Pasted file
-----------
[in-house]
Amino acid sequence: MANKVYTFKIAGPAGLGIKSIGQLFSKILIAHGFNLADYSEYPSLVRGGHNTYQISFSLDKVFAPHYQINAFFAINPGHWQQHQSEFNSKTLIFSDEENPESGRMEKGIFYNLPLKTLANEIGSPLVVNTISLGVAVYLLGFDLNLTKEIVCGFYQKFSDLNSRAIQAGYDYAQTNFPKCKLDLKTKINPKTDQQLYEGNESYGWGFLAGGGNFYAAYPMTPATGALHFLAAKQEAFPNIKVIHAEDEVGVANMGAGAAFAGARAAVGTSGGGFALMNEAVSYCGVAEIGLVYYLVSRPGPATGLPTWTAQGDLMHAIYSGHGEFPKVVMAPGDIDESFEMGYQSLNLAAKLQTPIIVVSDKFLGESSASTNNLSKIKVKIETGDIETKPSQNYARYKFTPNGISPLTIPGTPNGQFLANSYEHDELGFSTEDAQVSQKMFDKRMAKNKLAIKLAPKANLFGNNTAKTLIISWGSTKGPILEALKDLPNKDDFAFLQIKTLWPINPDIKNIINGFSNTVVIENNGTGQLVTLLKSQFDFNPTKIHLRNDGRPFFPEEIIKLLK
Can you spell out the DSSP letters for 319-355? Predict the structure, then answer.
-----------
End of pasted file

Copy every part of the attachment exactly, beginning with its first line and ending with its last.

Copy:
[in-house]
Amino acid sequence: MANKVYTFKIAGPAGLGIKSIGQLFSKILIAHGFNLADYSEYPSLVRGGHNTYQISFSLDKVFAPHYQINAFFAINPGHWQQHQSEFNSKTLIFSDEENPESGRMEKGIFYNLPLKTLANEIGSPLVVNTISLGVAVYLLGFDLNLTKEIVCGFYQKFSDLNSRAIQAGYDYAQTNFPKCKLDLKTKINPKTDQQLYEGNESYGWGFLAGGGNFYAAYPMTPATGALHFLAAKQEAFPNIKVIHAEDEVGVANMGAGAAFAGARAAVGTSGGGFALMNEAVSYCGVAEIGLVYYLVSRPGPATGLPTWTAQGDLMHAIYSGHGEFPKVVMAPGDIDESFEMGYQSLNLAAKLQTPIIVVSDKFLGESSASTNNLSKIKVKIETGDIETKPSQNYARYKFTPNGISPLTIPGTPNGQFLANSYEHDELGFSTEDAQVSQKMFDKRMAKNKLAIKLAPKANLFGNNTAKTLIISWGSTKGPILEALKDLPNKDDFAFLQIKTLWPINPDIKNIINGFSNTVVIENNGTGQLVTLLKSQFDFNPTKIHLRNDGRPFFPEEIIKLLK
Can you spell out the DSSP letters for 319-355? Predict the structure, then answer.